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During the annual family reunion and pie competition at Beulah Land Healing and Holiness Church, twelve-year-old Esther Lea Ridley is suddenly drenched by a baptism of fire. "Esta Lea," she says to herself, "you are called to the Lord." And so begins her healing crusade from church to church, from revival tent to revival tent, through the ...
During the annual family reunion and pie competition at Beulah Land Healing and Holiness Church, twelve-year-old Esther Lea Ridley is suddenly drenched by a baptism of fire. "Esta Lea," she says to herself, "you are called to the Lord." And so begins her healing crusade from church to church, from revival tent to revival tent, through the backwater towns of South Carolina, traveling with her boy-crazy sister and her newly saved uncle. A bold and hilarious novel, THE CALLING marks Cathryn Clinton’s debut as an outstanding talent in middle-grade fiction.
In 1962 in South Carolina, twelve-year-old Esta is called into the ministry of Jesus and anointed with the gift of healing, but when her relatives decide to take her on a religious crusade she wonders if it is the right thing to do.
The calling came to me, Esther Leah Ridley, at the Jewels family reunion. "Esta Lea," I said to myself, "you are called of the Lord."
I was twelve years old. It was August in the year of our Lord, nineteen hundred and sixty-two. Don’t you just love those words—"the year of our Lord"? Sort of romantic and mysterious. I read them in a book and tucked them in my mind until my calling when I remembered them plain as day. I decided that those words would describe my life from then on. No doubt about it, my years were gonna be the Lord’s, and I’d hope for the romantic and mysterious.
You may not understand how I got a sign from God at a family reunion, but in Beulah Land, South Carolina, where I come from, God, which also means church, and family matter the most. The two are always twined together like vines in a ditch.
You also got to understand our reunions. Food, talk, and beer make up some family reunions, but ours are full of pie competitions, ripe gossip, and long-winded preaching. We hold our reunions at the Beulah Land Healing and Holiness Church.
I heard that some folks play games and such at reunions, but the closest thing we have to a game is horseshoe pitching and outhouse tipping. And those two things aren’t games; they are serious business, depending on where you are standing or sitting.
My sister, Sarah Louise, and I waited all year for the reunion. Finally the day was here. I woke up feeling poorly ’cause we had busted our guts with pies the day before. We got to eat all the pies that didn’t meet my mama’s taste bud tests. "Sarah Louise," I said, "I will never look another pie in the eye for as long as I live."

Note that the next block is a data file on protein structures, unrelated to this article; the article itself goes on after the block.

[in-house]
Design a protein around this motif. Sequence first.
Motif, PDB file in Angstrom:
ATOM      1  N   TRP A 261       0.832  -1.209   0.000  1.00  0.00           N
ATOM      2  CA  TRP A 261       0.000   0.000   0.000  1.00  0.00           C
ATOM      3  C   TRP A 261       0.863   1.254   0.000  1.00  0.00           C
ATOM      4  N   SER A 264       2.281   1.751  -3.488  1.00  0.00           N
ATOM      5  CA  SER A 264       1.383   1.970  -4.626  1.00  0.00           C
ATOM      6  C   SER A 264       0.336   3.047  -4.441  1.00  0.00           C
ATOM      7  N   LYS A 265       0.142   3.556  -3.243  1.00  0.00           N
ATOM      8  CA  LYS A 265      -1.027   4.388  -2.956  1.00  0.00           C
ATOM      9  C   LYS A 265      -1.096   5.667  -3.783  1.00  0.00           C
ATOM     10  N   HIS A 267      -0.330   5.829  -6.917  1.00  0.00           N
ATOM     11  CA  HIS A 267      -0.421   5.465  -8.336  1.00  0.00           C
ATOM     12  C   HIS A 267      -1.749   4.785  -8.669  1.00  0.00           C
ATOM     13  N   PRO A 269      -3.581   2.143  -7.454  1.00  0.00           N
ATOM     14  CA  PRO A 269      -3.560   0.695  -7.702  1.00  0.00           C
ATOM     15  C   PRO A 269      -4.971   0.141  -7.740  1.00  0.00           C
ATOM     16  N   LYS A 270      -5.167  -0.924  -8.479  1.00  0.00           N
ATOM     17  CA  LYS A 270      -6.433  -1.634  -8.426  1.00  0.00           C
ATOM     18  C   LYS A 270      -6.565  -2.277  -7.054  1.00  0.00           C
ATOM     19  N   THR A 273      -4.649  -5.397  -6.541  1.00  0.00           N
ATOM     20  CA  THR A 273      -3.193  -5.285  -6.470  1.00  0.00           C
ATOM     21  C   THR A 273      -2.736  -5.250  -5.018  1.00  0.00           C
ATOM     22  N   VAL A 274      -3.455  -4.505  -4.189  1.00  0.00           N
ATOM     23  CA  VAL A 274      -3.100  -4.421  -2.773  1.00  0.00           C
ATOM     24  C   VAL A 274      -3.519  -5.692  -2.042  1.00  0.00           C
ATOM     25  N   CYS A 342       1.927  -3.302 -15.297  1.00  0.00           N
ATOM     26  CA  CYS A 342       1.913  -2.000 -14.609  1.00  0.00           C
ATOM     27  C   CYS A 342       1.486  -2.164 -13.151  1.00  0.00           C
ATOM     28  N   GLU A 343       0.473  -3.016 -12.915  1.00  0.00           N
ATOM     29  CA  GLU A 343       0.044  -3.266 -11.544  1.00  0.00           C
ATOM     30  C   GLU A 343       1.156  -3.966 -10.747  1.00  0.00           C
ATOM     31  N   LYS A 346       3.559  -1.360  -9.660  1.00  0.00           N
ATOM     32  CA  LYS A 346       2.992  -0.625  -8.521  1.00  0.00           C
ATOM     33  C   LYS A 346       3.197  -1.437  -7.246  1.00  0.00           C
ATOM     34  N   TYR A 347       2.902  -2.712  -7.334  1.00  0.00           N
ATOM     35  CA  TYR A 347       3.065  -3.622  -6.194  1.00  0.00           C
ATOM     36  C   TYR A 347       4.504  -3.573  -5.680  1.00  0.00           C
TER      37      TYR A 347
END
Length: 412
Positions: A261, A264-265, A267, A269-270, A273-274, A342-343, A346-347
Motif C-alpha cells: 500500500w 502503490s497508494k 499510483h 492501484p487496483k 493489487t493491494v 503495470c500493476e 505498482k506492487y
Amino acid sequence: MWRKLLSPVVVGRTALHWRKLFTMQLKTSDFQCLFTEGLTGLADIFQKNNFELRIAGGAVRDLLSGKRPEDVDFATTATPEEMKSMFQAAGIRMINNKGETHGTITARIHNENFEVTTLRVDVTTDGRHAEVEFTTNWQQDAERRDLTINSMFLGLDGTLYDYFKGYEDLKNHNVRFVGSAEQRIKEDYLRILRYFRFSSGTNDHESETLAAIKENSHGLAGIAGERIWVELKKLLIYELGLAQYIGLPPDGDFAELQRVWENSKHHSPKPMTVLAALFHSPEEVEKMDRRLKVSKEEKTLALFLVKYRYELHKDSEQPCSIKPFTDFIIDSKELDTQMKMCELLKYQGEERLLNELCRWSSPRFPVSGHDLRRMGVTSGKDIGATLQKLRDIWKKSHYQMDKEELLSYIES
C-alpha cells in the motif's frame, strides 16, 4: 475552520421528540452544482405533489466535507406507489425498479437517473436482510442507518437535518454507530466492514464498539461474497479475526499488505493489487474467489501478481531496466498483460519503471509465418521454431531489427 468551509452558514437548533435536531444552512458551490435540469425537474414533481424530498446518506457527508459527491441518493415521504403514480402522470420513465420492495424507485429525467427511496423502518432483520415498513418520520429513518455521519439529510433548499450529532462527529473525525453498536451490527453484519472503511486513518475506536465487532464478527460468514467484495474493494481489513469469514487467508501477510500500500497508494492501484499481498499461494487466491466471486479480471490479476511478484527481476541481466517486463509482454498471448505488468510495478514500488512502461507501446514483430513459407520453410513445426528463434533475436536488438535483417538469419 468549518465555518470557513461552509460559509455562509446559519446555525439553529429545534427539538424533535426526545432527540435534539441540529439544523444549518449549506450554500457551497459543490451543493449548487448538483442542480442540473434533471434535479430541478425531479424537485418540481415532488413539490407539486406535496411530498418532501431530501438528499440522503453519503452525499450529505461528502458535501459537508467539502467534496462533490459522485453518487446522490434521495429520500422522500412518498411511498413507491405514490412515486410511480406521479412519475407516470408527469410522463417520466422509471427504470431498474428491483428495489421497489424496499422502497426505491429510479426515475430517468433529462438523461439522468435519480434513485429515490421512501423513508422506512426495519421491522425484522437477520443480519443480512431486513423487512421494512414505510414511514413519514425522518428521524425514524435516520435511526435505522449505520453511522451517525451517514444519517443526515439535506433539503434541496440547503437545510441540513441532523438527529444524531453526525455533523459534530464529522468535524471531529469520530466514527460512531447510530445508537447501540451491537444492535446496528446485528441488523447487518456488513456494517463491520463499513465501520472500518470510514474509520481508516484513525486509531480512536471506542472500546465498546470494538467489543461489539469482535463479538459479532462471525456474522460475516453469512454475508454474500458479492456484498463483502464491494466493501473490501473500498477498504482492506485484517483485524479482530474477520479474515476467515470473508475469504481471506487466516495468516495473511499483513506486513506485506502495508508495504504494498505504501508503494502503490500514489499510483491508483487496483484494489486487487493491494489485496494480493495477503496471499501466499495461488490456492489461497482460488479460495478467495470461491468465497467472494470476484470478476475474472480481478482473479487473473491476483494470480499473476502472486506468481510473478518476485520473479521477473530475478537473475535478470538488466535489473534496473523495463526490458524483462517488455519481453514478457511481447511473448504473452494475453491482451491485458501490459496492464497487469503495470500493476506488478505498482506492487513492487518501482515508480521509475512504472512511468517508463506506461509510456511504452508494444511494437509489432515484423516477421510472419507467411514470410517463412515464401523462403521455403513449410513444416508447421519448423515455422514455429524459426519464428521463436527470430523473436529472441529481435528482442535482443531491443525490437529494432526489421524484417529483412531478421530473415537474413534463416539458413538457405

She groaned, rolled over, grabbed her stomach, and then covered her head with her pillow.
"Come on, y’all, get up. We got to get going. Y’all nearly slept the day away already." Mama’s voice came up the stairs and slid under the door crack.
We went downstairs. Sarah Louise fed Baby Ben, and I fed Elijah, our dog. We didn’t eat any breakfast ourselves.
"Here, y’all, help me load the food into the truck." Mama got up from the table too quicklike and lost her balance. She landed on the floor, and so did the peach pie that was in one hand and the coconut cream pie that was in the other.
Two leaps and one bark later, Elijah was at the pies. He licked those pies like it was his destiny. Some dogs are born hunters. They point with their noses and go rigid when they see a rabbit. Not our Elijah. No sir, he was a born licker. When he smelled a pie baking, his tongue shot straight out his mouth, and then he dropped down and rolled belly up, with his little paws a-flapping.
"All that’s left is the pecan pie," Mama moaned. We all turned and stared at it sitting in the middle of the table. "I guess I’m only entering one contest this year: the pecan pie contest."
Things were not starting out too good, and I’d had such high hopes ’cause this was the day my daddy was asked to preach, and it was a great honor to stand in the pulpit of Jasper Abraham Jewels. My daddy would only get asked to preach once. He didn’t fit two important preaching rules: he wasn’t a regular preacher, and he didn’t directly descend from the line of Jasper Abraham Jewels. Only the directly descended got to preach twice, and only the regular preachers spoke more than twice. My daddy is a Ridley. He just married into the Jewels family.
The Calling. Copyright (c) 2001 Cathryn Clinton. Candlewick Press, Inc., Cambridge, MA